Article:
Steve Simpson

Today, the Supreme Court will hear oral argument in Arizona Free Enterprise PAC v. Bennett, the first campaign finance case since the Court decided Citizens United last January. While the case will not affect as many laws as Citizens United, it promises to be just as controversial, for it involves the constitutionality of what “good government” types have long seen as a sort of campaign finance holy grail—government financing of political campaigns.

Under Arizona’s Citizens Clean Elections Act, candidates for state office can opt to have their campaigns funded by the state, instead of raising funds from private donors. The catch—and there’s always a catch when the government is handing out “free” things—is that they must reject private funds and spend only the limited funds provided by the state. Proponents of government funding have long viewed the programs as a way to limit campaign spending and “level the playing field” among candidates they believed could not win without government subsidies, and the Act’s proponents were no different.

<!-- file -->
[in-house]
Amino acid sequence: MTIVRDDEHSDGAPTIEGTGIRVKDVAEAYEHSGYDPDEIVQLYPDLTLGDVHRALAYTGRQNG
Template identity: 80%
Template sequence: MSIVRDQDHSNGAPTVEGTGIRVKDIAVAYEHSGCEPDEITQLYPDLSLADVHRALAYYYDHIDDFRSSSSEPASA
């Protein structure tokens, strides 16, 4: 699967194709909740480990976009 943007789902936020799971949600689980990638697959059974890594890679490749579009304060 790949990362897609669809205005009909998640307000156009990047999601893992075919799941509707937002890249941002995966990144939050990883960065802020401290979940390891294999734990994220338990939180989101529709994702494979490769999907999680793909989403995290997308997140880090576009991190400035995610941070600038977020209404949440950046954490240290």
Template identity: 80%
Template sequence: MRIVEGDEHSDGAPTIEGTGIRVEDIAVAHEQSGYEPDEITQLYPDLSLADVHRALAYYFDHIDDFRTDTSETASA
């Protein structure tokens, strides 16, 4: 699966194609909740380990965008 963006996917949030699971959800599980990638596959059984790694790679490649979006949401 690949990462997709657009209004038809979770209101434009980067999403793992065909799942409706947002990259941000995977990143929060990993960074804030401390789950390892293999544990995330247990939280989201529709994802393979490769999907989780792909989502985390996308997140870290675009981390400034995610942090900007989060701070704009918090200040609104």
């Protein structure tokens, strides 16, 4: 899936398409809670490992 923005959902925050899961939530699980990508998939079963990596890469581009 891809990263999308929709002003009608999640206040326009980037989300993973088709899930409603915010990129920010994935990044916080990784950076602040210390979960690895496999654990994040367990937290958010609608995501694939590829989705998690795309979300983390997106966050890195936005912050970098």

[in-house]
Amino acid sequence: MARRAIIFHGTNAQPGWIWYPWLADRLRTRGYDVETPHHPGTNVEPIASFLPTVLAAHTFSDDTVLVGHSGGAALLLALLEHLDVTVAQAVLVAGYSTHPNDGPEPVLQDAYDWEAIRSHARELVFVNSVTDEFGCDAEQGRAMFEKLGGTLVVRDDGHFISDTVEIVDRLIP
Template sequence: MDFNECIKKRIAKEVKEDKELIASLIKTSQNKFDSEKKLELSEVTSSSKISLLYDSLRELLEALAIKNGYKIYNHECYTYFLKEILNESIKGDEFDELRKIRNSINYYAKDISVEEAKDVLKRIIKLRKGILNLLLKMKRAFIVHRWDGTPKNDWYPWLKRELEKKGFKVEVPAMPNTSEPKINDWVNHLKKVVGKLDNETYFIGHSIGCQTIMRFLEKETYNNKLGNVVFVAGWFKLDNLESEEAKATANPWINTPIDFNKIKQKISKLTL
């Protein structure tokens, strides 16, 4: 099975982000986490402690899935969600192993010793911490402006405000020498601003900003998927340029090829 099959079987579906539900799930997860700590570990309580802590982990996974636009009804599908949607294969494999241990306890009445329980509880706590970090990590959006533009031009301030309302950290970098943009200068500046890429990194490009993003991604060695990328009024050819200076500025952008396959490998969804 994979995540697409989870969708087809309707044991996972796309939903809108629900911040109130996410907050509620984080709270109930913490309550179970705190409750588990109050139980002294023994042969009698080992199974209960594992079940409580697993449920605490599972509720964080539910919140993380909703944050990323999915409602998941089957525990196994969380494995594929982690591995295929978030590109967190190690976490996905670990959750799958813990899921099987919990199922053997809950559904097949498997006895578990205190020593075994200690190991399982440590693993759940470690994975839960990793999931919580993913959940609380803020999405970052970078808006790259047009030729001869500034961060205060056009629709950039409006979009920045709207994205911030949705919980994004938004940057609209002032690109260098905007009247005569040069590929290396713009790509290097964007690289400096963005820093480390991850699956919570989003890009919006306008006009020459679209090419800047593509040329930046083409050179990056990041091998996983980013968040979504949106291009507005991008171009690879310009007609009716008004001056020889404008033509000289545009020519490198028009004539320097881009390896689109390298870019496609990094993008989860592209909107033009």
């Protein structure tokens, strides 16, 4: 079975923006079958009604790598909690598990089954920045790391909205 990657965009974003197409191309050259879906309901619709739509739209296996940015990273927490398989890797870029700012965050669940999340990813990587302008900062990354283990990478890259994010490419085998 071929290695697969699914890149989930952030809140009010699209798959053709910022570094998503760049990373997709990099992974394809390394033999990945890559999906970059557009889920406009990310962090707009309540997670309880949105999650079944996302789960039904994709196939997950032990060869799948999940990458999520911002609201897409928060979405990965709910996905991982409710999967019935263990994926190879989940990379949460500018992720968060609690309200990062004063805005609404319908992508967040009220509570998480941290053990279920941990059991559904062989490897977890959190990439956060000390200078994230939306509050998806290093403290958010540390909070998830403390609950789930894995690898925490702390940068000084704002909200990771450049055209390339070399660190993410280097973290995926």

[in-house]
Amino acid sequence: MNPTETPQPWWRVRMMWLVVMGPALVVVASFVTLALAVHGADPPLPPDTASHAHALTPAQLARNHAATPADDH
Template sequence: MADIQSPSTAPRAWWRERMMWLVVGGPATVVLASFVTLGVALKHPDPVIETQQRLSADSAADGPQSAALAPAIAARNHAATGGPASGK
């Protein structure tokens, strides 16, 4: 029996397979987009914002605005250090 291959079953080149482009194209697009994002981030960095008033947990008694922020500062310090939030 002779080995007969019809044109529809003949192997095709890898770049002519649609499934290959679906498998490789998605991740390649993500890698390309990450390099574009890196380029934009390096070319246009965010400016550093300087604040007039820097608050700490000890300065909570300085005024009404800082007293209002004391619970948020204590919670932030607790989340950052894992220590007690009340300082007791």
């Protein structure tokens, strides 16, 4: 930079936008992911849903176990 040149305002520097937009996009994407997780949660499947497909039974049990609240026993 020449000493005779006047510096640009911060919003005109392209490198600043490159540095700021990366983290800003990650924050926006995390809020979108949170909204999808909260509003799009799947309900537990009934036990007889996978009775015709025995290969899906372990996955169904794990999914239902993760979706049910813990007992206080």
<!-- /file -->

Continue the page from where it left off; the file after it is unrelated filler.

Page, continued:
The problem, however, was that too many candidates might not make the “right” choice. The Act couldn’t force candidates to choose state funding and its attendant cap on spending because the Supreme Court has long rejected spending limits in campaigns. So proponents did the next best thing—they included a “matching funds” provision that stacked the deck against anyone who might run against a state-funded candidate.

Under the matching funds provision, the state gives additional grants to state-funded candidates when their privately-funded opponents outspend them. Even the spending of independent groups who support privately-funded candidates gets “matched” under the provision, and privately-funded candidates who run against several state-funded opponents face a multiplier effect, as their expenditures are “matched” with grants to every opponent. This would be like the government handing money to every major news network every time Fox News speaks too much. The clear message: Accept state-funds and limit your spending, or the government will shower your opponent with money she will use to defeat you.


Steve Simpson

Steve Simpson is a senior attorney at the Institute for Justice. He litigates primarily free speech cases in the state and federal courts across the country.